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About Ferdinand Magellan The Explorer

Magellan - The Explorer
Ferdinand Magellan is commonly known as the first western
explorer to circumnavigate the globe in the late Medieval,
Renaissance period. Being the first explorer to lead an
expedition around the world, the name Magellan capturers
the imagination down to this day.

Early Beginning

He was born in 1480 in northern Portugal. Adversity entered
his life at an early age. His parents died when he was only 10
years old. At the age of 12, he was appointed as the queen’s
messenger in the royal court. Young boys were appointed as
messenger as a source of education. At the court, he learned
about many famous explorers and the most important
information about navigating ships. His dreams began to form
in conjunction with his life experiences.

Seeds Of Desire Are Planted On First Expedition

His first time at sea was in 1505 when he was 25 years old. He sailed with Francisco de Almedia, Portugal’s first admiral, and his fleet. In 1511, he went on an expedition to conquer Melaka. After the victory, a Portuguese fleet sailed to the Spice Islands. Portugal claimed the islands at that time. One of his close friends, Francisco Serrao, went on the voyage and wrote to Magellan. In his letters he described the route and the island of Ternate. Association with other explorers was a major part of his life.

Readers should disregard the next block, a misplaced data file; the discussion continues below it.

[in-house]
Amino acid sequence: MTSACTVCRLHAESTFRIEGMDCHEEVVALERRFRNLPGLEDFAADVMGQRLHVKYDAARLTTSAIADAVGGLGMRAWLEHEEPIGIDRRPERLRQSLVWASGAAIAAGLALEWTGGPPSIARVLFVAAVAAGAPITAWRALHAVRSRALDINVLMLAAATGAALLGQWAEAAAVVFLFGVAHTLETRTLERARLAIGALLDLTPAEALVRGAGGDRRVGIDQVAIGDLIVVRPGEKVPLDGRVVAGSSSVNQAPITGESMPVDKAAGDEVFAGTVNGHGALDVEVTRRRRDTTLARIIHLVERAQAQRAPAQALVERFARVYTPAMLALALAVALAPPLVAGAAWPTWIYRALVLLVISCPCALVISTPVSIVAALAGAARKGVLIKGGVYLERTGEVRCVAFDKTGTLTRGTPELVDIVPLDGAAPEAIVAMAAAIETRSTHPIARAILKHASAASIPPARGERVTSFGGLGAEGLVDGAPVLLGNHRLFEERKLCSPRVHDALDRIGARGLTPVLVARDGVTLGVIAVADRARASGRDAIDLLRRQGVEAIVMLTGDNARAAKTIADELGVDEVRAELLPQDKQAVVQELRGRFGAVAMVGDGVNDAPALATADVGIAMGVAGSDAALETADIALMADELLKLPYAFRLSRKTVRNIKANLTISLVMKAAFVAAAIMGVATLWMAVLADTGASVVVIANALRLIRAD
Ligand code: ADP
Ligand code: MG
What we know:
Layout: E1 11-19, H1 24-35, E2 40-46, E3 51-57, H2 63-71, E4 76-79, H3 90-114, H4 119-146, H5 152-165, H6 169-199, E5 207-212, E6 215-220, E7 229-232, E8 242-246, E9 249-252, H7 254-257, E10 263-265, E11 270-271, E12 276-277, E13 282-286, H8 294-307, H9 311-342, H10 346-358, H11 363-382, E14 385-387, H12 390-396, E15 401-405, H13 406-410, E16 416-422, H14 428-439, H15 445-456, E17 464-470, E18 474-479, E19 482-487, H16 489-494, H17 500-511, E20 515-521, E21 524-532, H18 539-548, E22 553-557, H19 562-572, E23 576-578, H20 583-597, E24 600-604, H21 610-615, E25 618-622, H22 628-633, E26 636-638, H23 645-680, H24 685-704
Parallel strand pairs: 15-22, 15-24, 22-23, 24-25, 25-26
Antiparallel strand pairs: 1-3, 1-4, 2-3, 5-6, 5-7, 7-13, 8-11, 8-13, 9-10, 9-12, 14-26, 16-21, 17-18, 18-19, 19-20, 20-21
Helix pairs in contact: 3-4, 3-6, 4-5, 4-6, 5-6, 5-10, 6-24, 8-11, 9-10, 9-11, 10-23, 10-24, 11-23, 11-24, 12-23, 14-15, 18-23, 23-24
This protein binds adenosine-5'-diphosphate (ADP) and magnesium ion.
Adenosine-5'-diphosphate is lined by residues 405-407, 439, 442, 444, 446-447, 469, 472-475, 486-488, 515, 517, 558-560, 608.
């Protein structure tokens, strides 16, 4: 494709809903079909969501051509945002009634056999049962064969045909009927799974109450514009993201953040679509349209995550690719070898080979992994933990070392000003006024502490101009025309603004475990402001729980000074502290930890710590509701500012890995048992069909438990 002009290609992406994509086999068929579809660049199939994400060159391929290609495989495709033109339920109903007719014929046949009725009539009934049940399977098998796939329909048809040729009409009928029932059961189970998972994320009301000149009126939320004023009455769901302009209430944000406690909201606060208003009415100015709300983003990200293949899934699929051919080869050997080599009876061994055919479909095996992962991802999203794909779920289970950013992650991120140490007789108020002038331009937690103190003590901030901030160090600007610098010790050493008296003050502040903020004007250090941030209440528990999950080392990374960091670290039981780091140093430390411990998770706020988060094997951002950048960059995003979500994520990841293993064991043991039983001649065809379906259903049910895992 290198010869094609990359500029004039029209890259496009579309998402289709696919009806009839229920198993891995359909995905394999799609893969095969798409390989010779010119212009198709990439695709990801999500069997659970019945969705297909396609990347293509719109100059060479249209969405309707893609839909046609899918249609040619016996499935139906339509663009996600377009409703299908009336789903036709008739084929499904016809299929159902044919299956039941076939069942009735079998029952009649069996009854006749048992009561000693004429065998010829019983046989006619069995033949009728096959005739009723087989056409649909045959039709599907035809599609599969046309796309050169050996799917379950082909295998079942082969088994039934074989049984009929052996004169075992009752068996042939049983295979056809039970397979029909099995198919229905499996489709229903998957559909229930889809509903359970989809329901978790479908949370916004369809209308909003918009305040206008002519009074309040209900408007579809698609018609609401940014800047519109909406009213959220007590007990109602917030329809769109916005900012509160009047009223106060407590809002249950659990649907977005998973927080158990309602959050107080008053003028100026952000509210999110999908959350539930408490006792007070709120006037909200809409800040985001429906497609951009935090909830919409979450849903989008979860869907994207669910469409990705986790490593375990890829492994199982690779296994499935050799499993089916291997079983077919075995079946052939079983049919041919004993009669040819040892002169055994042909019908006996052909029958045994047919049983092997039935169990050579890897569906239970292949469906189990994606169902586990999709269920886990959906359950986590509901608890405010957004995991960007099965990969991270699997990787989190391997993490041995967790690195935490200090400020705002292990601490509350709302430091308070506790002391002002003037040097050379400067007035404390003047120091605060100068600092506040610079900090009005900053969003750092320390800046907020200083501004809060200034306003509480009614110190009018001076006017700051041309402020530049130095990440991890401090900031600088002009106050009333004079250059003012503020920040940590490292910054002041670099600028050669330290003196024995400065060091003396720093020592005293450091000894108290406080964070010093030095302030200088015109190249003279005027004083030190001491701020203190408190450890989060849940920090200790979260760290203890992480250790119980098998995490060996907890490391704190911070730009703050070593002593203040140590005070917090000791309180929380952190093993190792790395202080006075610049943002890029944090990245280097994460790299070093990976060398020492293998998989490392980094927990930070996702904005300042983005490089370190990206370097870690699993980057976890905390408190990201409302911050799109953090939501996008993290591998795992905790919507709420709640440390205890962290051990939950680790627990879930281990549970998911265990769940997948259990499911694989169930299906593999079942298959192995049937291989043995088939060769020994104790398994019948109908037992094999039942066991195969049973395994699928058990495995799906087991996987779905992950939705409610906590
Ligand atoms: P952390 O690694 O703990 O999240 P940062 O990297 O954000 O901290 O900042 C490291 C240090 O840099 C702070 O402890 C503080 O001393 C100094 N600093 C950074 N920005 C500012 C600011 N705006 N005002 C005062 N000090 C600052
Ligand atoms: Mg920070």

Funding The Dream

Serrao’s letters helped build his my mind the location of the
Spice Islands, which later became the destination for his great
voyage. He asked the King of Portugal to support his journey,
but he refused. After that, he asked the King of Spain to
support his journey. He was interested in my plan since Spain
was looking for a better sea route to Asia, than the Portuguese
route around the southern tip of Africa. It was hard for Magellan
to find sailors, though. None of the Spanish sailors wanted to
sail with him because he was Portuguese. He took anybody who
would sign on, whether they were good seamen or not. Some
of his crew were prisoners, who were released from jail in
return for sailing with him. Even after finding financial support
for his endeavor Magellan still had challenges.

Living The Dream Journey Around The Globe